As more foods were being processed, the company saw the need to diversify to meet demand. New items were hitting the shelves, such as canned pineapple and dried fruits. In 1970 United Fruit Company merged with AMK Corporation to form United Brands Company. That conglomerate became Chiquita Brands International in 1989.
As demand rose, the United Fruit Company saw the need to expand to the Southwest regions of Costa Rica in 1937. This was an area of minimal human habitation and was considered a primeval wilderness.
The company’s goal was to get crops to the coast to be transported to international markets. This required additional rails to be laid.
It takes a lot of hands to build a railroad. Local communities could not fill these jobs, so United Fruit and the Costa Rican government imported labor by the thousands from China, Jamaica, Cape Verdi Islands, and Italy. That stretch of the railroad was completed in 1940. (3)
While the message from the company was that they were providing good jobs and bettering their local economies, it came with trepidation.
They did build needed infrastructure, but the company manipulated what roads were to be made. They feared that building government roads would take away business from their profitable rail system.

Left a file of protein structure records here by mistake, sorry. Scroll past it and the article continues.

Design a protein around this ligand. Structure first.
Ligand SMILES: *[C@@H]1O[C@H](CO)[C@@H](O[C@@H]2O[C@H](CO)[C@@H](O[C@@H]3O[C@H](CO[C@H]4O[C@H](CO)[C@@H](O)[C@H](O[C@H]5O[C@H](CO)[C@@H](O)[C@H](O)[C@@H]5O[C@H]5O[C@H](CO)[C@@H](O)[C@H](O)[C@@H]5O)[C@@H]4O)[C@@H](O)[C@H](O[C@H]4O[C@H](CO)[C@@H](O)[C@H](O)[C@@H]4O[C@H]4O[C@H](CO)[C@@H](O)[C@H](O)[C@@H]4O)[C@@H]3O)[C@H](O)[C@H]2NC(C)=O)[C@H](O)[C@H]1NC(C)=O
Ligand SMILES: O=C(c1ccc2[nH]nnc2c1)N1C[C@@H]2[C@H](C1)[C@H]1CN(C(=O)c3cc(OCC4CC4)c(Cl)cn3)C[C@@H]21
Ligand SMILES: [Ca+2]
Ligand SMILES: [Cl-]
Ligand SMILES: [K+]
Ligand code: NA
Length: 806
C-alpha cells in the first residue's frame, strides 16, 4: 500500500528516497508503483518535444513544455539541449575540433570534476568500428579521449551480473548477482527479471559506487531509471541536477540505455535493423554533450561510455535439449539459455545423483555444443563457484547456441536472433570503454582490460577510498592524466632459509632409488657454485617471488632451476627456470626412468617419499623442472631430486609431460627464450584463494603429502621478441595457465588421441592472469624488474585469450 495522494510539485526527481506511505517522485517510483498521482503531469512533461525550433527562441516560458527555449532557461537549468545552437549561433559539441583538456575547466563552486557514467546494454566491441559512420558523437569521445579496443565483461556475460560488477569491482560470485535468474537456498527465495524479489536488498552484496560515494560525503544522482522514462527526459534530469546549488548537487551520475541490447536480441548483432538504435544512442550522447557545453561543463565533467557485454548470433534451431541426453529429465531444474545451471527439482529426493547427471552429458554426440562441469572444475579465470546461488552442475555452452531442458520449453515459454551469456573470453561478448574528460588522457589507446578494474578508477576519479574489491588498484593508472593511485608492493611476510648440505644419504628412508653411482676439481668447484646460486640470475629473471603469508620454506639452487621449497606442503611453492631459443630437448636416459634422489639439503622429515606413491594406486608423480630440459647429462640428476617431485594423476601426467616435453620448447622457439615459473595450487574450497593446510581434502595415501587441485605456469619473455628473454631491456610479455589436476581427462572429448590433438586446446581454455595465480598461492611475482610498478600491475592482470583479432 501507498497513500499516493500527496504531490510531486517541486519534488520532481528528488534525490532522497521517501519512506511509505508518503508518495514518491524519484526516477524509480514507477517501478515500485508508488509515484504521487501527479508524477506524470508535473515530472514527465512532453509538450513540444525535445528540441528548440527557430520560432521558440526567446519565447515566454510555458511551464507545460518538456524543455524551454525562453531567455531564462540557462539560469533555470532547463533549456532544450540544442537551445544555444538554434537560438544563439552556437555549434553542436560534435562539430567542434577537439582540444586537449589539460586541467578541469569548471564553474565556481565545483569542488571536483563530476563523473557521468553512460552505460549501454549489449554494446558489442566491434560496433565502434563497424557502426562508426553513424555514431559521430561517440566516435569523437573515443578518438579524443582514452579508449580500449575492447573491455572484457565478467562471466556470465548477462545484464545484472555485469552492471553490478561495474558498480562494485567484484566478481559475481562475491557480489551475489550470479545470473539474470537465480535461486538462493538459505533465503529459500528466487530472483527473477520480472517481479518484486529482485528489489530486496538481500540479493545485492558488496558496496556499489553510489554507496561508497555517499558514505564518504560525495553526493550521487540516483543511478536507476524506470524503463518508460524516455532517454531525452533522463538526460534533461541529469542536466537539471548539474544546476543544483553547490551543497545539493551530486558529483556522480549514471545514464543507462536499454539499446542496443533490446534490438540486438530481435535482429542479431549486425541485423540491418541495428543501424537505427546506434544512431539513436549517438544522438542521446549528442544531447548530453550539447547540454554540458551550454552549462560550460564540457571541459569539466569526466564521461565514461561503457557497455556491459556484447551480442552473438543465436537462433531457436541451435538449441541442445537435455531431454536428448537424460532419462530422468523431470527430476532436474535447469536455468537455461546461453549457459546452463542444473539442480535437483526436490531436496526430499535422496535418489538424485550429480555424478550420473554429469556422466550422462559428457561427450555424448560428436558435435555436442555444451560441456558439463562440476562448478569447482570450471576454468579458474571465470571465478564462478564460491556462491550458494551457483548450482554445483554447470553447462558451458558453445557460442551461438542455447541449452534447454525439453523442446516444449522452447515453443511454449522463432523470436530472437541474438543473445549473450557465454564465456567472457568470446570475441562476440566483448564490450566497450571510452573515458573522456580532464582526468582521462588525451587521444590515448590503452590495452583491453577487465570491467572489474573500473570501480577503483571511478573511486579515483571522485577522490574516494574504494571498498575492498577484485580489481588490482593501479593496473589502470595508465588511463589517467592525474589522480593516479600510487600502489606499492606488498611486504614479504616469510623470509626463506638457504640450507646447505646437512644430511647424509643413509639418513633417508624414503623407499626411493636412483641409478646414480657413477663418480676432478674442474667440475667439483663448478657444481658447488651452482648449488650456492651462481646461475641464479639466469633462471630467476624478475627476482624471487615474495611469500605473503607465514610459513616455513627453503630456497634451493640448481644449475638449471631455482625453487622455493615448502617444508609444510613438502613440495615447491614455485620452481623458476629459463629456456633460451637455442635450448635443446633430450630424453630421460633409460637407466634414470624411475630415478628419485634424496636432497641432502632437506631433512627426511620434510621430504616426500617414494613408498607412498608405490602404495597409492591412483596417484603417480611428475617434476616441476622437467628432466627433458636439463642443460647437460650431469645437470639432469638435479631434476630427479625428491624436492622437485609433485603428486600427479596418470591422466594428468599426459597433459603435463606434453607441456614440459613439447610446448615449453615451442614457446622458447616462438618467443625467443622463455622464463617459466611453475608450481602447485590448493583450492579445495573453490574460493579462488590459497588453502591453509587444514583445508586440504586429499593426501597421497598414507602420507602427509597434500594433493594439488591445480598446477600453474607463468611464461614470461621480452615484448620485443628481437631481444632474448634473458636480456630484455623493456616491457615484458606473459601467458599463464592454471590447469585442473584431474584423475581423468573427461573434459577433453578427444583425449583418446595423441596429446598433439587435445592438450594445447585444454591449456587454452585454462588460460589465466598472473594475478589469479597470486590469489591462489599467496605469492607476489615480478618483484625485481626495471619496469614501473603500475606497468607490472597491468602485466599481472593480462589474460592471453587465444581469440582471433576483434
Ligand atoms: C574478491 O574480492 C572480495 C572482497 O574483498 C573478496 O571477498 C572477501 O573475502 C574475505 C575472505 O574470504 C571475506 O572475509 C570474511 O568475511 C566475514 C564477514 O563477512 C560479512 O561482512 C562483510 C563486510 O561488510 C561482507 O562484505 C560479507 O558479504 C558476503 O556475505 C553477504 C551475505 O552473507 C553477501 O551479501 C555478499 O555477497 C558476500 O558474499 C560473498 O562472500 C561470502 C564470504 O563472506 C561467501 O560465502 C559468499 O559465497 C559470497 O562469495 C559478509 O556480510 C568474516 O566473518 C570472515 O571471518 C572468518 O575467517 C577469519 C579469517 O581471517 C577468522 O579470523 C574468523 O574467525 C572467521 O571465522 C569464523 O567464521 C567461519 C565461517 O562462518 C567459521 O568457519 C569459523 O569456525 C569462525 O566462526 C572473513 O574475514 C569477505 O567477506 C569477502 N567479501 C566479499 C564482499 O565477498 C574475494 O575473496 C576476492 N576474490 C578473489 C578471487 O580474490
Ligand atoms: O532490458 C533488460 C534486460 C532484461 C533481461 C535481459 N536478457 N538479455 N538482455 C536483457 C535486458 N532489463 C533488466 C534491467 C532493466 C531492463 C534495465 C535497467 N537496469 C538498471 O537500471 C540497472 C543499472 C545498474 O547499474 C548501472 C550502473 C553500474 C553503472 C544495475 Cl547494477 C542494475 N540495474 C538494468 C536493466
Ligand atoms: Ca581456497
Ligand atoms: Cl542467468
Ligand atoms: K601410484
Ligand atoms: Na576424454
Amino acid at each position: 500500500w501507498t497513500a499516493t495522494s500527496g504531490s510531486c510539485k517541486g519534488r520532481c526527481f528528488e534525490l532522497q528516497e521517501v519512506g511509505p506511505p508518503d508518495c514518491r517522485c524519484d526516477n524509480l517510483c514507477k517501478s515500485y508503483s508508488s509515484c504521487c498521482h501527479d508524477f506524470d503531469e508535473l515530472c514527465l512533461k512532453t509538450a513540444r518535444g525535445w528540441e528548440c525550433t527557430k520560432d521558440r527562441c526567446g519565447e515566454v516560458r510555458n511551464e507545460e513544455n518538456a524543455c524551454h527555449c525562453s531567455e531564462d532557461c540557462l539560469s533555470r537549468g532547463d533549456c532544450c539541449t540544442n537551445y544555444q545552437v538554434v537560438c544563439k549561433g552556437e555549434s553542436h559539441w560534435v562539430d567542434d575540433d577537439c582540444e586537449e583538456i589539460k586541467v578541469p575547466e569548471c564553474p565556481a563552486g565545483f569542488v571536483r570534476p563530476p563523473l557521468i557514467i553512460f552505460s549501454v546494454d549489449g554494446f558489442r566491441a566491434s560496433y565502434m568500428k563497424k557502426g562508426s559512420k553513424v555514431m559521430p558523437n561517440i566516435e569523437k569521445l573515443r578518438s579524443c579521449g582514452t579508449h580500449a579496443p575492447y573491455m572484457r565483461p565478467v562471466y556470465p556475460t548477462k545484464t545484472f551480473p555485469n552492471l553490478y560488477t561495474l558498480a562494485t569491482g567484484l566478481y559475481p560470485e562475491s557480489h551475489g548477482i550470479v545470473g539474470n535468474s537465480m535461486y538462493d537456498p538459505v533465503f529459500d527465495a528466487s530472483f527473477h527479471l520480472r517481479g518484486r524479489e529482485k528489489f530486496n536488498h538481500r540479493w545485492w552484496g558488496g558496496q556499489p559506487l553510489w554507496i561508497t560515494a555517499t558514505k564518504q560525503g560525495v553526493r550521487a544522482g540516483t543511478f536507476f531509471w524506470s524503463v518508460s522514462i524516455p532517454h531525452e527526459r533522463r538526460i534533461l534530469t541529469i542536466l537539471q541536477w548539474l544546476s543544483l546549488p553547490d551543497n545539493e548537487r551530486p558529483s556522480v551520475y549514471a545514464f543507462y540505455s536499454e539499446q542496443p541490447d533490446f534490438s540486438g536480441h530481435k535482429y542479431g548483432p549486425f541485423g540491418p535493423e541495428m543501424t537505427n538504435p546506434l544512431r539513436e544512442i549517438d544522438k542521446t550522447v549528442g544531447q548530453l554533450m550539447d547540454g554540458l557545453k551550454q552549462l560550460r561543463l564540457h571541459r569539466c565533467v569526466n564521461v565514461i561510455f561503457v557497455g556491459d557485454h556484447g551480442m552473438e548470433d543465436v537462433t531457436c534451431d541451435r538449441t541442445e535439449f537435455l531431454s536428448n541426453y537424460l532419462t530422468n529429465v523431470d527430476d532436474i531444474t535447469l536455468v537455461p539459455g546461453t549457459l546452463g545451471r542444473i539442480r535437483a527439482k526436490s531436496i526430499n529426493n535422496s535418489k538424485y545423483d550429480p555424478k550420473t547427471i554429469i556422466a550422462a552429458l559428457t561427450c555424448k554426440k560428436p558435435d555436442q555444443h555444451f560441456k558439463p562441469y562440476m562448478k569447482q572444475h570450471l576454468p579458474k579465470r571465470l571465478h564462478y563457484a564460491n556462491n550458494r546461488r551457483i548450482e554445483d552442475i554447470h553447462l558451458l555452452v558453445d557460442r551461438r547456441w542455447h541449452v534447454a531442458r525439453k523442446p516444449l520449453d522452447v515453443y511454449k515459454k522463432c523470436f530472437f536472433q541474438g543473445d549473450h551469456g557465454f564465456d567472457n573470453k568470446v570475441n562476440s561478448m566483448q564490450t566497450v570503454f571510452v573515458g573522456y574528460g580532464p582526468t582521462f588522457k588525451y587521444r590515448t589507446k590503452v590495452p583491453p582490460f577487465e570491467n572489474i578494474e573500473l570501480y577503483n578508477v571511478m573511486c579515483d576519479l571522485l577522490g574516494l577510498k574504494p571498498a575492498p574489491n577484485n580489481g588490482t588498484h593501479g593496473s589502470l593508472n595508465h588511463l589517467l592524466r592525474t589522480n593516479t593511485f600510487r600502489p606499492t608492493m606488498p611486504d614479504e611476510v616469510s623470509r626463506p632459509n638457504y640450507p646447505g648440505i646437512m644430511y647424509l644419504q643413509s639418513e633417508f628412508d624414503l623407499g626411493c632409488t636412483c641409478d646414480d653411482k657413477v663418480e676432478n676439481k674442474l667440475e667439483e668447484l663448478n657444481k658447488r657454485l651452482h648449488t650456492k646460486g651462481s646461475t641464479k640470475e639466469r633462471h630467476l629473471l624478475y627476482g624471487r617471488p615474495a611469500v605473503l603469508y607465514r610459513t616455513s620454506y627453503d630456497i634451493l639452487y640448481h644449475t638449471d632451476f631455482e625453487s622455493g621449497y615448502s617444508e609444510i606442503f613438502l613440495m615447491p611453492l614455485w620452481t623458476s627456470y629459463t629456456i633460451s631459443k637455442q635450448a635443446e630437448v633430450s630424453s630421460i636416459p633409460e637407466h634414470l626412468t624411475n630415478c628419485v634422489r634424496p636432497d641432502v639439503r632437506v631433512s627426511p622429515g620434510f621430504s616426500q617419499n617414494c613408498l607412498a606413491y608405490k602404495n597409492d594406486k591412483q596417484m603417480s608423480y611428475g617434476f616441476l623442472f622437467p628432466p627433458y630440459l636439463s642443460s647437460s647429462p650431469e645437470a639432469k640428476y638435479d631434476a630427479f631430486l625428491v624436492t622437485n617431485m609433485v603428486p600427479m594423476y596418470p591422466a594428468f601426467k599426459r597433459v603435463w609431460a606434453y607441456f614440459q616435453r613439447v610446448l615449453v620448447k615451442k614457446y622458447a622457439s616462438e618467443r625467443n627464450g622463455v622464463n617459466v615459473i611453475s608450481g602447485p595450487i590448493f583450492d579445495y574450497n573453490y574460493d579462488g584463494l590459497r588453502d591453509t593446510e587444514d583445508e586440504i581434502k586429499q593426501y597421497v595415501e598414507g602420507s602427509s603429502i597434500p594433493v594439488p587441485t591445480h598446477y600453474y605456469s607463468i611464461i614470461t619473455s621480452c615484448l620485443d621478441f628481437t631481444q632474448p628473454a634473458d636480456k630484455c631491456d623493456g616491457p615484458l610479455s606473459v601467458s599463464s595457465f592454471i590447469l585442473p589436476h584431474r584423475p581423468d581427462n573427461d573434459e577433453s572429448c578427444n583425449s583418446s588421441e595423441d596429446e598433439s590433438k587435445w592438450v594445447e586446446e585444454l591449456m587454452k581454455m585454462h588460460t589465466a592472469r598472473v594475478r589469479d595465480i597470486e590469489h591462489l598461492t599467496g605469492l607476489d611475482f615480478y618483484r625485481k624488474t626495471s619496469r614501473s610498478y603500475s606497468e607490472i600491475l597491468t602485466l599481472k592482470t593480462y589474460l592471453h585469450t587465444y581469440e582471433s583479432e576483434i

The reality was that employees and overseas investors benefited from the company’s profits more than the residents.
The Great Banana Strike of 1934
While the company promised economic improvements, the workers were suffering from low wages and other exploitation.
In 1934, over 100,000 workers from 30 separate unions declared the Great Banana Strike.
It all began on August 4th with one man, Carlos Luis Fallas, representing the Atlantic Workers Congress. He presented a list of requests to United Fruit Company’s management, which they denied, and a strike followed.
The strike affected the largest area ever recorded, from Turrialba to the Panamanian border.
Earlier in that decade, the exporters had taken a big hit during the depression. At that point, the company left banana production to local plantations. This resulted in poorer working conditions and fewer available jobs.